Gunnison Valley Police Department cracking down on ATV violators

Gunnison Valley Police Department

cracking down on ATV violators


By Robert Stevens

Managing editor


GUNNISON—A common complaint about kids driving ATVs irresponsibly on city streets is causing the Gunnison Valley Police Department (GVPD) to tighten up on pre-existing regulations.

“We have received a continual stream of complaints about kids driving off-highway vehicles (OHVs) and motorcycles on the streets,” the department wrote in a public social media post on Friday. “We recognize that in rural Utah there has generally been a slightly more relaxed policy on this issue, but this has become a continual problem and will no longer be the case.”

According to the GVPD Chief Brett McCall, both Gunnison and Centerfield already have laws and ordinances in place regulating ATVs/OHVs and how can kids can and can’t use them.

But even with these regulations in place, dozens of complaints have come in to the GVPD and the communities it polices.

McCall says the department is instituting a new system to enforce these issues without being too heavy handed.

“The problem is, if we just pulled a kid with no helmet over, there is a chance they might never even tell their parents about it,” McCall said.

With that in mind, the GVPD designed a system ensure youth caught breaking the rules while riding an ATV are required to inform their parents.

The department has a new form to fill out when an officer catches a minor breaking the rules on the books. The minor is required to have the parents come in to the GVPD station within five days of being pulled over. If the parents come in and address the issue, the parents become responsible for any discipline of the child may receive, and the police don’t issue a citation.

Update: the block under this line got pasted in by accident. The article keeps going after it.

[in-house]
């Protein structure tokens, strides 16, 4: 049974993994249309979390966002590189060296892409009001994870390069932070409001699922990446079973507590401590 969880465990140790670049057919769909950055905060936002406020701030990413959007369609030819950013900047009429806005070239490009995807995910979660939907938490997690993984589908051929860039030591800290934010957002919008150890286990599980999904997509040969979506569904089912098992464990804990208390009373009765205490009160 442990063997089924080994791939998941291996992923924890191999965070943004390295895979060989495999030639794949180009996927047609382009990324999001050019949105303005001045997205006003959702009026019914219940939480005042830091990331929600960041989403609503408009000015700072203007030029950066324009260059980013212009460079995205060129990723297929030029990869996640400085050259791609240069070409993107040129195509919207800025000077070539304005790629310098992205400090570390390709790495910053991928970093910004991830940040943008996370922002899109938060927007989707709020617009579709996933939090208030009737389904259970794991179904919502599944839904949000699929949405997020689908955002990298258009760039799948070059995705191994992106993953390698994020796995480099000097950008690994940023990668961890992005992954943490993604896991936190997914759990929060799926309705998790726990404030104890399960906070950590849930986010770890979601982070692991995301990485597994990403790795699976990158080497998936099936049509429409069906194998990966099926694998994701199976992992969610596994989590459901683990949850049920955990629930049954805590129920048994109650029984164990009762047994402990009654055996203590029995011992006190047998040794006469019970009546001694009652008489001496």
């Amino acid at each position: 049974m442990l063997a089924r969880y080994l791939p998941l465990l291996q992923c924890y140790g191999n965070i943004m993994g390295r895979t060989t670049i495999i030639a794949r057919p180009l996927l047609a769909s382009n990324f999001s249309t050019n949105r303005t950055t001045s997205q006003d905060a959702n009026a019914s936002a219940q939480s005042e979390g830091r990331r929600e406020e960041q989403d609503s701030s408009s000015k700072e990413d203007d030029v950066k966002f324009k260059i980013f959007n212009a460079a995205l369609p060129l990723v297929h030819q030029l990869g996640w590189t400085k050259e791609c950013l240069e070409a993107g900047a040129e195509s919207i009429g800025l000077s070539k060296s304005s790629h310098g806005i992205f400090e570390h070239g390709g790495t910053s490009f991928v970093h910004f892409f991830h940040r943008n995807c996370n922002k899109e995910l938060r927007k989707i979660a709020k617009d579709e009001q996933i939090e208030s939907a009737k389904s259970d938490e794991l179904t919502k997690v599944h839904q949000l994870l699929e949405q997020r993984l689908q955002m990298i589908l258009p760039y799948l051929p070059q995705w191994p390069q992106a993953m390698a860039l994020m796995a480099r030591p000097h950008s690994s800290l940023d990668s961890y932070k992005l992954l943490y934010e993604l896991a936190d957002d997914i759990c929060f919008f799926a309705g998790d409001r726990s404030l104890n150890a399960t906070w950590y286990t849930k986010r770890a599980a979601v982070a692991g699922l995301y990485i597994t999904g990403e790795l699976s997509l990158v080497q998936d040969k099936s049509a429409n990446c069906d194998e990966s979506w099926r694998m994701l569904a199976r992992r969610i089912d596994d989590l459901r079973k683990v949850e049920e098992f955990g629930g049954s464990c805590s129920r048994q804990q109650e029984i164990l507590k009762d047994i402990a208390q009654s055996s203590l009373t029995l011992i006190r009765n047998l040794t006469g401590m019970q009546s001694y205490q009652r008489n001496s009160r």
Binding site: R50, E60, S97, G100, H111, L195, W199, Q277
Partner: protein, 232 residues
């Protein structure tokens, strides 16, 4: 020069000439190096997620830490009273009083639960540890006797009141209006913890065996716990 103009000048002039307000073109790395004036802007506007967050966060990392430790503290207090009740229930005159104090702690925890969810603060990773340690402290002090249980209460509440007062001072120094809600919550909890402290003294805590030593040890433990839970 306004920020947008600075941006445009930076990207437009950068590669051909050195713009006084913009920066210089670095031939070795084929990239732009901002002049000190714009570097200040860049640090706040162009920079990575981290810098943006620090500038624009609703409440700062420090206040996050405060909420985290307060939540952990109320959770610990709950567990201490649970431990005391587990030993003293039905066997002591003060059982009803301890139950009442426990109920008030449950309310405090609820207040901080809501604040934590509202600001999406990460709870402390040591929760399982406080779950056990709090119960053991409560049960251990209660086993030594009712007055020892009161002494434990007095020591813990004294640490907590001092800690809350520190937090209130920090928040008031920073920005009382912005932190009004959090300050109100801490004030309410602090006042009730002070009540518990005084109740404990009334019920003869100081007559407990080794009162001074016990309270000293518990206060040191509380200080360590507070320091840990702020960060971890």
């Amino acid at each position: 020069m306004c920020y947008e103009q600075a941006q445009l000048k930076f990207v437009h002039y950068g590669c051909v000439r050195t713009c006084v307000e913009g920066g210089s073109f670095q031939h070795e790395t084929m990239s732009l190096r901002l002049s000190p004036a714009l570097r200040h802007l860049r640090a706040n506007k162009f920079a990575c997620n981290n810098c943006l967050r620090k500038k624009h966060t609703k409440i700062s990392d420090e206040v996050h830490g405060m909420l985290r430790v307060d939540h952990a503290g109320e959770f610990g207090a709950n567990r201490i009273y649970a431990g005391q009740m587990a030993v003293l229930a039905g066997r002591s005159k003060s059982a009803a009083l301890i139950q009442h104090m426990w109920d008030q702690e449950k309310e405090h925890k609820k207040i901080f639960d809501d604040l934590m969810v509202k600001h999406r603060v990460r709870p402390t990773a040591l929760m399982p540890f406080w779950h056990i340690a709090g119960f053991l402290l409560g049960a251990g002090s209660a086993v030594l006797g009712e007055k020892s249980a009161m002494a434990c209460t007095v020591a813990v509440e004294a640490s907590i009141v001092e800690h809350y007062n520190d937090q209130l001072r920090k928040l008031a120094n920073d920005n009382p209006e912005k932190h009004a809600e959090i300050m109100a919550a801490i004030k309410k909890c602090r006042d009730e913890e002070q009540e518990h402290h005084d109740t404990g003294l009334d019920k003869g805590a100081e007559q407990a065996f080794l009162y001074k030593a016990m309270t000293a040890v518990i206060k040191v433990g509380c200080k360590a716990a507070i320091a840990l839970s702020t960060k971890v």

If the parents don’t come in to talk to the GVPD or if a kid repeatedly gets in trouble while riding, the infraction can be elevated to a juvenile citation, said McCall.

McCall said he regularly encounters parents whose attitude is, “What’s the big deal? Everyone else is doing it.”

But that’s the wrong attitude to have, he says.

The bottom line, McCall said, is the laws on the books say, helmet or not, unsupervised minors without a driver license cannot ride an ATV/OHV on any roads—be it Main Street or back streets.

“Parents need to be aware of the laws,” he said.

The social media announcement about needing to enforce the issue more strictly was met with a mixed bag of support and opposition on the GVPD Facebook page.

Scott Walker, a physician at Gunnison Valley Hospital posted, “Thank you! I see so many victims of ATV accidents in the (emergency room), and many times they are fairly young people, most of whom were not wearing helmets.”

Scott Stallard of Gunnison was less enthusiastic about the plan, saying, “Being free and having fun is what makes this place amazing. It’s turning more and more into California.”
The GVPD said anyone who disagrees with the plan needs to work with their respective cities to get changes made, since the GVPD doesn’t make laws, it only enforces the